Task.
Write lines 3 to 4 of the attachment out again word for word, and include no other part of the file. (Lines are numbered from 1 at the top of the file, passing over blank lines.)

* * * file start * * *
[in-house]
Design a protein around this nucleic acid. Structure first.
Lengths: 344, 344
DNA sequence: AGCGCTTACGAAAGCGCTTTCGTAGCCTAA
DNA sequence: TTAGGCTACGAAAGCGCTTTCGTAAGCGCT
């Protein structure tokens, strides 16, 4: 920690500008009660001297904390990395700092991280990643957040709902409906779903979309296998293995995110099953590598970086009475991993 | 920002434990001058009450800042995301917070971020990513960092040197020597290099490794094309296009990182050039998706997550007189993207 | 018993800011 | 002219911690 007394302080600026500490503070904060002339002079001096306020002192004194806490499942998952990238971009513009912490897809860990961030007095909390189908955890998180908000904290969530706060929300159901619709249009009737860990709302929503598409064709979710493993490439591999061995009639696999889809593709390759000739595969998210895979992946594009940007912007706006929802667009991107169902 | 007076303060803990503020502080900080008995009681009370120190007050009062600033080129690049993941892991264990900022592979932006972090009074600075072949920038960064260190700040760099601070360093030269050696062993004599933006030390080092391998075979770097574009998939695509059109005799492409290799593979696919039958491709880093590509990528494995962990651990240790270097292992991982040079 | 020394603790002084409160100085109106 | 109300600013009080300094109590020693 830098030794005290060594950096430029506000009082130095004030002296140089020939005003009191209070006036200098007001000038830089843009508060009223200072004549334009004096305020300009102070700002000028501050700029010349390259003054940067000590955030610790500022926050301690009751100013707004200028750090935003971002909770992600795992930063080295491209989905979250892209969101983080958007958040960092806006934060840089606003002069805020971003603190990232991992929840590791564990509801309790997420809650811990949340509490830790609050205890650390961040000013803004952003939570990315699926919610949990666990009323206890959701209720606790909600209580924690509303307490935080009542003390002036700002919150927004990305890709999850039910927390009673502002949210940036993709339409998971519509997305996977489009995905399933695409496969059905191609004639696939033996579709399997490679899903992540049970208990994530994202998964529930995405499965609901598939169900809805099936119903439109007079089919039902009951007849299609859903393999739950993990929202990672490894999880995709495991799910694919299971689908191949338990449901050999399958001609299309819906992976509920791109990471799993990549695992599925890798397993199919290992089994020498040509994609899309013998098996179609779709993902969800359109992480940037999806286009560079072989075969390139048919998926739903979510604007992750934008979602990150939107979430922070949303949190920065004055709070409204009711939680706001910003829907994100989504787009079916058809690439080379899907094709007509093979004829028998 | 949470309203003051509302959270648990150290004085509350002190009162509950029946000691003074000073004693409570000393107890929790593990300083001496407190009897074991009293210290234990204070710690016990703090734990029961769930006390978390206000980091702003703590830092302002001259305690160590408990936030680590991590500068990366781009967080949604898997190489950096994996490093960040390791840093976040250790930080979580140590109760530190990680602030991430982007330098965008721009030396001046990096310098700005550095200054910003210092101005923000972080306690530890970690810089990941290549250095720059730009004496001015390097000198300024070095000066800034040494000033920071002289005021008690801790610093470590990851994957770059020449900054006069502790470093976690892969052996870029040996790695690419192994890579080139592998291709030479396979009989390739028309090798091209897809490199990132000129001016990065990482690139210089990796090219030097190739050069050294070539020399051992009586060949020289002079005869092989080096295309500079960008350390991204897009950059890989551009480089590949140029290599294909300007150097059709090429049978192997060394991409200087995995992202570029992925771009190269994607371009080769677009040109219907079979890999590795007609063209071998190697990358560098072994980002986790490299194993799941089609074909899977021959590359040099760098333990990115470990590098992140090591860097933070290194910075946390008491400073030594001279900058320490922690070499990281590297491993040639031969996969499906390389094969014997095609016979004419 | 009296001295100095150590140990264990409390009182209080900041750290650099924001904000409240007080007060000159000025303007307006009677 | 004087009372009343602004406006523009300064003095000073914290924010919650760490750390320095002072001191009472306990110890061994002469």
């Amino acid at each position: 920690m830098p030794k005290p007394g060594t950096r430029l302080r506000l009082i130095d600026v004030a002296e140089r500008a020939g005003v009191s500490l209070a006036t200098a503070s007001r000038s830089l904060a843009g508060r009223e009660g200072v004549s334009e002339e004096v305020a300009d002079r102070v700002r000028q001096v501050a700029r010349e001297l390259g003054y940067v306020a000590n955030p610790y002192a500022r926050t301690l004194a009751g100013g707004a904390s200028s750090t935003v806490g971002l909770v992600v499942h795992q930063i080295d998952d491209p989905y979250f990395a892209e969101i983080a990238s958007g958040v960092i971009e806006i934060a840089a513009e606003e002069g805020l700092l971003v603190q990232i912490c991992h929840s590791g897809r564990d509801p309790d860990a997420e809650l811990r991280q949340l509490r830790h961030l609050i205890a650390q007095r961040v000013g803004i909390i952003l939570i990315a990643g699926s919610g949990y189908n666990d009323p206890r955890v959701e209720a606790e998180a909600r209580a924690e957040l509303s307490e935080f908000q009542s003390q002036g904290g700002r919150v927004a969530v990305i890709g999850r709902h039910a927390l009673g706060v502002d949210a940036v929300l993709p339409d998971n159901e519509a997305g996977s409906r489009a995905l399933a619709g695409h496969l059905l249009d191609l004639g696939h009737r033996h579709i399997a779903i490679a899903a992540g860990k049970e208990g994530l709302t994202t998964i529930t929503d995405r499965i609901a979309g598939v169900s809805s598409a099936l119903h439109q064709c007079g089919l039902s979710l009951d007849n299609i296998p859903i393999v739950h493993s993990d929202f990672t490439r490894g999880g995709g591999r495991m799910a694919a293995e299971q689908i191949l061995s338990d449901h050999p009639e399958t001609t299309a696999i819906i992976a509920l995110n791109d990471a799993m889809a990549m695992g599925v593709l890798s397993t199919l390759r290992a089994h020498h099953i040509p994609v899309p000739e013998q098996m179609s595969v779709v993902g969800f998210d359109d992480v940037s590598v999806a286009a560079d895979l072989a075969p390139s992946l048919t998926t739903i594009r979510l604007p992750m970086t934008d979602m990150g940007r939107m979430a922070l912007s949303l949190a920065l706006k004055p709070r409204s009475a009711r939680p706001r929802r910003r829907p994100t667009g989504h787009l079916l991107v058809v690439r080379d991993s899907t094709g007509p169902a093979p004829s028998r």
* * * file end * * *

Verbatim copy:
Lengths: 344, 344
DNA sequence: AGCGCTTACGAAAGCGCTTTCGTAGCCTAA